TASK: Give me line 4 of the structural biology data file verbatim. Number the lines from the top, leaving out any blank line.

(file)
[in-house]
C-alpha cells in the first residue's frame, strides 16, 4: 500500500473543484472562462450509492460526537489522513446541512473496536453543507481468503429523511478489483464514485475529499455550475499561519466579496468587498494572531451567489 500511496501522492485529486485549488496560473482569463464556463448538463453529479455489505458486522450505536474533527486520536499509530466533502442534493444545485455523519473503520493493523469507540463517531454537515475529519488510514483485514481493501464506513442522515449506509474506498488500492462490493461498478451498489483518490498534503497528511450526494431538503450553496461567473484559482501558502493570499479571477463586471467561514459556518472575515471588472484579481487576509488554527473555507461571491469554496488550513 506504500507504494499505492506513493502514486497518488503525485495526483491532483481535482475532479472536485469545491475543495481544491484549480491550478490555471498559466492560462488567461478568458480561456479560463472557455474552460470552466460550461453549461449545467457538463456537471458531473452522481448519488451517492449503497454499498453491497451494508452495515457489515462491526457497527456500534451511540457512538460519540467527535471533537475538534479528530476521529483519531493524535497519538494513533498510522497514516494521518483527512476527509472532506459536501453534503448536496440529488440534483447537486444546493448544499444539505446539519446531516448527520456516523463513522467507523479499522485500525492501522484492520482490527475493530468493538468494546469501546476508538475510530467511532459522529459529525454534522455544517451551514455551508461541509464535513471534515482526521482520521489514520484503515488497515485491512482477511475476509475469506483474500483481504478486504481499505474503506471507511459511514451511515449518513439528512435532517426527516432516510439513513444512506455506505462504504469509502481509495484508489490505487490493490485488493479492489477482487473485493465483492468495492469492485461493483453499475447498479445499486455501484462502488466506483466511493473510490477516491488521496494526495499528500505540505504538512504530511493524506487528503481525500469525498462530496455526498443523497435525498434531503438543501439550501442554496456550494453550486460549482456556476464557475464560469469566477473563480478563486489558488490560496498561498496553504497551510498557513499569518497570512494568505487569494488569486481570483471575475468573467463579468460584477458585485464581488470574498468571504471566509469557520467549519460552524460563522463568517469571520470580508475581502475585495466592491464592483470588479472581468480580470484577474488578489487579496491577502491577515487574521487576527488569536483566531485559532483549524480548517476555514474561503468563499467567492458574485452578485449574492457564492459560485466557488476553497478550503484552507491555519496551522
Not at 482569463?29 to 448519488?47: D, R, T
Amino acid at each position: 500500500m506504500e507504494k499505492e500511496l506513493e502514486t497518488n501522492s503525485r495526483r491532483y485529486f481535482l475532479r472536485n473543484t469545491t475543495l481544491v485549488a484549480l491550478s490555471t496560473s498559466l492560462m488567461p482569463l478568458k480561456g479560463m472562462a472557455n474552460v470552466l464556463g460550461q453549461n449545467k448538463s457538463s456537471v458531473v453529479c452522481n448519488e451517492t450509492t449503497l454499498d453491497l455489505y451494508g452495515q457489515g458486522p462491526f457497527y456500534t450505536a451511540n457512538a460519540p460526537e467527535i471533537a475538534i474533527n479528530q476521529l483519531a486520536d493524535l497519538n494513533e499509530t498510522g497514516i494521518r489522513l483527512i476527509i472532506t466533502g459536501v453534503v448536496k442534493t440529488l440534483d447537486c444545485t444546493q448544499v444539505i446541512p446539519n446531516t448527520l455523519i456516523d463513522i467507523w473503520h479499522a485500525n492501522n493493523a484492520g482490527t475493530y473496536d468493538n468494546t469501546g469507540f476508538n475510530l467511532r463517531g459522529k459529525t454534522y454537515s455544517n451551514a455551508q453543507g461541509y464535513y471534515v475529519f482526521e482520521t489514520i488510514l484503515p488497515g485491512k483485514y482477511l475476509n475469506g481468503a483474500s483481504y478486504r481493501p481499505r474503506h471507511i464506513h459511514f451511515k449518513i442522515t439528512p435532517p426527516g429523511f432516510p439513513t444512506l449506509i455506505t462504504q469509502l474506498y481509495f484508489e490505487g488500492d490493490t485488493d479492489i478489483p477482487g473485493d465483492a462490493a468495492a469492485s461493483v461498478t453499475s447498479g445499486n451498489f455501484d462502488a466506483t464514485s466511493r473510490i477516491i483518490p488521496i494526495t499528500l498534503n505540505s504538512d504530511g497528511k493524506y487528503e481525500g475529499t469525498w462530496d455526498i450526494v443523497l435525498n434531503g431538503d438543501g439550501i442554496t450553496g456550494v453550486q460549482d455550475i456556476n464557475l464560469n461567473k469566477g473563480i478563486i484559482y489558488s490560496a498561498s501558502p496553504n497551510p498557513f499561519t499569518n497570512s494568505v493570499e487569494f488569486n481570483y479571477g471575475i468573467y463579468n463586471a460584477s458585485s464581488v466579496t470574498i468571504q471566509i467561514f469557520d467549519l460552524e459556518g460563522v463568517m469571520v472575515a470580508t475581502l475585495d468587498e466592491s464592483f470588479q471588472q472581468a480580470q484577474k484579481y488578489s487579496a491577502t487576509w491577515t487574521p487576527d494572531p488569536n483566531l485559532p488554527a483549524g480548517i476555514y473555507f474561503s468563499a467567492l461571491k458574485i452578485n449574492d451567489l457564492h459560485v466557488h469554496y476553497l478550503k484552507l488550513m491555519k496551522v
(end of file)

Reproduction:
Amino acid at each position: 500500500m506504500e507504494k499505492e500511496l506513493e502514486t497518488n501522492s503525485r495526483r491532483y485529486f481535482l475532479r472536485n473543484t469545491t475543495l481544491v485549488a484549480l491550478s490555471t496560473s498559466l492560462m488567461p482569463l478568458k480561456g479560463m472562462a472557455n474552460v470552466l464556463g460550461q453549461n449545467k448538463s457538463s456537471v458531473v453529479c452522481n448519488e451517492t450509492t449503497l454499498d453491497l455489505y451494508g452495515q457489515g458486522p462491526f457497527y456500534t450505536a451511540n457512538a460519540p460526537e467527535i471533537a475538534i474533527n479528530q476521529l483519531a486520536d493524535l497519538n494513533e499509530t498510522g497514516i494521518r489522513l483527512i476527509i472532506t466533502g459536501v453534503v448536496k442534493t440529488l440534483d447537486c444545485t444546493q448544499v444539505i446541512p446539519n446531516t448527520l455523519i456516523d463513522i467507523w473503520h479499522a485500525n492501522n493493523a484492520g482490527t475493530y473496536d468493538n468494546t469501546g469507540f476508538n475510530l467511532r463517531g459522529k459529525t454534522y454537515s455544517n451551514a455551508q453543507g461541509y464535513y471534515v475529519f482526521e482520521t489514520i488510514l484503515p488497515g485491512k483485514y482477511l475476509n475469506g481468503a483474500s483481504y478486504r481493501p481499505r474503506h471507511i464506513h459511514f451511515k449518513i442522515t439528512p435532517p426527516g429523511f432516510p439513513t444512506l449506509i455506505t462504504q469509502l474506498y481509495f484508489e490505487g488500492d490493490t485488493d479492489i478489483p477482487g473485493d465483492a462490493a468495492a469492485s461493483v461498478t453499475s447498479g445499486n451498489f455501484d462502488a466506483t464514485s466511493r473510490i477516491i483518490p488521496i494526495t499528500l498534503n505540505s504538512d504530511g497528511k493524506y487528503e481525500g475529499t469525498w462530496d455526498i450526494v443523497l435525498n434531503g431538503d438543501g439550501i442554496t450553496g456550494v453550486q460549482d455550475i456556476n464557475l464560469n461567473k469566477g473563480i478563486i484559482y489558488s490560496a498561498s501558502p496553504n497551510p498557513f499561519t499569518n497570512s494568505v493570499e487569494f488569486n481570483y479571477g471575475i468573467y463579468n463586471a460584477s458585485s464581488v466579496t470574498i468571504q471566509i467561514f469557520d467549519l460552524e459556518g460563522v463568517m469571520v472575515a470580508t475581502l475585495d468587498e466592491s464592483f470588479q471588472q472581468a480580470q484577474k484579481y488578489s487579496a491577502t487576509w491577515t487574521p487576527d494572531p488569536n483566531l485559532p488554527a483549524g480548517i476555514y473555507f474561503s468563499a467567492l461571491k458574485i452578485n449574492d451567489l457564492h459560485v466557488h469554496y476553497l478550503k484552507l488550513m491555519k496551522v